We enjoyed the 3D experience of the UE-40D8000 more than we have with other displays of these relatively modest proportions. The skinny bezel was a much a reason for the added pleasure as the actual 3D performance itself. Whilst the D8000 showed great depth of image there was a noticeable amount of crosstalk present at default settings. We managed to minimise crosstalk - if at the expense of both perception of depth and clarity contained within it - but things were certainly a step up from 2010 LCD standards.
Gaming performance was far from exceptional but the D8000 would serve the non-serious, single player focussed gamer adequately. Energy consumption figures were good and have the scope for reaching extremely low numbers at the expense of picture quality.
The Samsung UE-D8000 is an extremely good television in many respects. The 'floating' picture, excellent contrast, calibrated colour and greyscale performance along with top-notch video processing affords the on-screen results real gravitas at times. We were disappointed with uniformity issues, in a television commanding this price, and some may find motion handling not to their requirements but we have no qualms in handing the D8000 a Recommended award with our usual suggestion of a demo firmly in place.
Styling and Connections
Never has so much been said about so little with the design of the Samsung UED8000. When all is said and done, the D8000 is a very simply styled televsion with a very thin (less than 2cm) strip of chrome framing the glossy screen to the top and sides. The bezel becomes very slightly broader at the bottom and features an illuminated SAMSUNG logo to the centre as well as the infra-red and power indicator to the right. Thankfully the logo can be dimmed in the System Menu as some (us included) found it rather distracting. The sense of the picture 'floating' at you may be a little disorientating, initially, but the frame may have been better made of a more matte material as the metallic strip will catch any stray light and glint, which some might not like. All in all, there's no denying the D8000 is something a bit different and we applaud Samsung for at least trying. Beauty is in the eye of the beholder and it's likely the D8000s looks will divide opinion especially as the 'chicken foot' swivel stand carries over from 2010.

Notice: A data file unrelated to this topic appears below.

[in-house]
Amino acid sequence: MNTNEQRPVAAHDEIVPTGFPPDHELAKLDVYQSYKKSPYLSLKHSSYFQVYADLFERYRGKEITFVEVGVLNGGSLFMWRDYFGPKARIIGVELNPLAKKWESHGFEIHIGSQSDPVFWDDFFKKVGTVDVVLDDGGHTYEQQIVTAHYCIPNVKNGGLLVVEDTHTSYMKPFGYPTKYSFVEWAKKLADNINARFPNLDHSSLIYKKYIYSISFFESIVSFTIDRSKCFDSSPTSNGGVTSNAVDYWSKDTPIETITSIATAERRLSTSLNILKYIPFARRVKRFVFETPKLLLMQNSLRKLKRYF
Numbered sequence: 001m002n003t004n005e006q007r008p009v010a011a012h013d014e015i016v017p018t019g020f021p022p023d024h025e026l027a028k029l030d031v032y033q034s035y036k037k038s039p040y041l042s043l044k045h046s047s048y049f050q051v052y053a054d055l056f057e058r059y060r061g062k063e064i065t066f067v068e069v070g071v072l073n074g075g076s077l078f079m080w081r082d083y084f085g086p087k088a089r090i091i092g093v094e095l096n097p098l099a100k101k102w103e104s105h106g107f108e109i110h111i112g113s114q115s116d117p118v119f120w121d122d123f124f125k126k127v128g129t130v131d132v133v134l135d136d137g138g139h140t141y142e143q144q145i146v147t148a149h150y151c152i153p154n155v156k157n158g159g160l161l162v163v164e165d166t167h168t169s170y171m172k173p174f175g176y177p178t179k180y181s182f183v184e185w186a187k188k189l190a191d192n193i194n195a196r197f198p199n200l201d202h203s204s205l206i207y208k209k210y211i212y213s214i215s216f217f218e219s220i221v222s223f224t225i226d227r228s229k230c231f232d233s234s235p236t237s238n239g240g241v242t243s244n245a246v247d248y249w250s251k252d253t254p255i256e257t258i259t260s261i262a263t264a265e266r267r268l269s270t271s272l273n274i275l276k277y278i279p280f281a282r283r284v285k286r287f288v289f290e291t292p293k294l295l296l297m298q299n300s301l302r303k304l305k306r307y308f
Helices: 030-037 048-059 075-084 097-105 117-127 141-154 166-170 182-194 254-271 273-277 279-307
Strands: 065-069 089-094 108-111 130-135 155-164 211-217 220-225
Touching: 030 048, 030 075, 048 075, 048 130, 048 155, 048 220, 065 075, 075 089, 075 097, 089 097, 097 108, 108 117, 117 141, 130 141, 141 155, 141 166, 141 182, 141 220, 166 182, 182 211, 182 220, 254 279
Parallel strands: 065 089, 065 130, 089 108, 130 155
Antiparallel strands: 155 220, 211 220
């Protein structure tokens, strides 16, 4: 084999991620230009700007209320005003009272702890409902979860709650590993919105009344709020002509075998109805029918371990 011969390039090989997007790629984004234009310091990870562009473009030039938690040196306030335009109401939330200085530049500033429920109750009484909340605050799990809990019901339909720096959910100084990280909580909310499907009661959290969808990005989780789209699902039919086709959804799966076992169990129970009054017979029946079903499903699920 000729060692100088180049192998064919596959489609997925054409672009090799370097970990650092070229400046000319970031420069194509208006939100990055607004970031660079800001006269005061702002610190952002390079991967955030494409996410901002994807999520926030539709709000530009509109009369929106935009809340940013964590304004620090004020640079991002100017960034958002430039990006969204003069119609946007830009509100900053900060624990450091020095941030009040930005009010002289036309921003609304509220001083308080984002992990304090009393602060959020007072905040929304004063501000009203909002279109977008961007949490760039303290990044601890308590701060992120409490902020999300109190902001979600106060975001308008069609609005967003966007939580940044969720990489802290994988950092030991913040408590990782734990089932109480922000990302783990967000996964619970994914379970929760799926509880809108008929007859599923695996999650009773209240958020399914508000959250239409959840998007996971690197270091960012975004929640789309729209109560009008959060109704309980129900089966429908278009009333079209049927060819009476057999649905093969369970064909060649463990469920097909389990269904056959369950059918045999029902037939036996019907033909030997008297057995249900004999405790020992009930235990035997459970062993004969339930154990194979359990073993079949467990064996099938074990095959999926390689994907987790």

To the rear of the chassis that's less than 4cm in depth, at its deepest point, there's a well recessed cavity that will please wall mounters by housing four sideways facing HDMI ports with HMDI2 being HDMI v1.4 ARC compliant. There are also three side-facing USB inputs with one intended for use with the USB HDD PVR functionality. Last of the sideward pointing connections are an adaptor port for Component video input, an SPDIF Digital Audio out and the PC sound-in jack.
Downward facing, on the bottom of the recess, we have aerial and satellite connections; a LAN port; a D-SUB PC input and a headphone jack. There are also two further adaptor inputs for use with legacy Scart connections. Samsung package all the adaptor leads in the box, thankfully.
Also in the box of the UED8000 were a pair of Samsung's SSG-3100 active shutter glasses that were extremely light and comfortable to wear but let in just a little more light than we would have liked. For those that want to have as little a reminder as possible they're wearing tech specs, Samsung have also released the ridiculously light SSG-3700 glasses, available as an extra.
We already knew we were going to be disappointed in the remote control before unboxing the D8000. Consumers laying down their hard earned for the D8000, over the Atlantic, are treated to a dual sided QWERTY remote control to ease use of the new Smarthub features, whilst we in the UK and Europe are forced to make do with the bog-standard Samsung remote that only hints at being a premium product by virtue of the backlight. There's nothing wrong with the remote in itself - the layout is functional enough and is easily operated with one hand - but we can't escape feeling a little short changed and would suggest to Samsung that if they want to entice people into using the much heralded Smart Hub features, let them do it more comfortably than with the rather awkward interface the traditional controller provides - still at least they've added a dedicated SMART button.
Menus and Set Up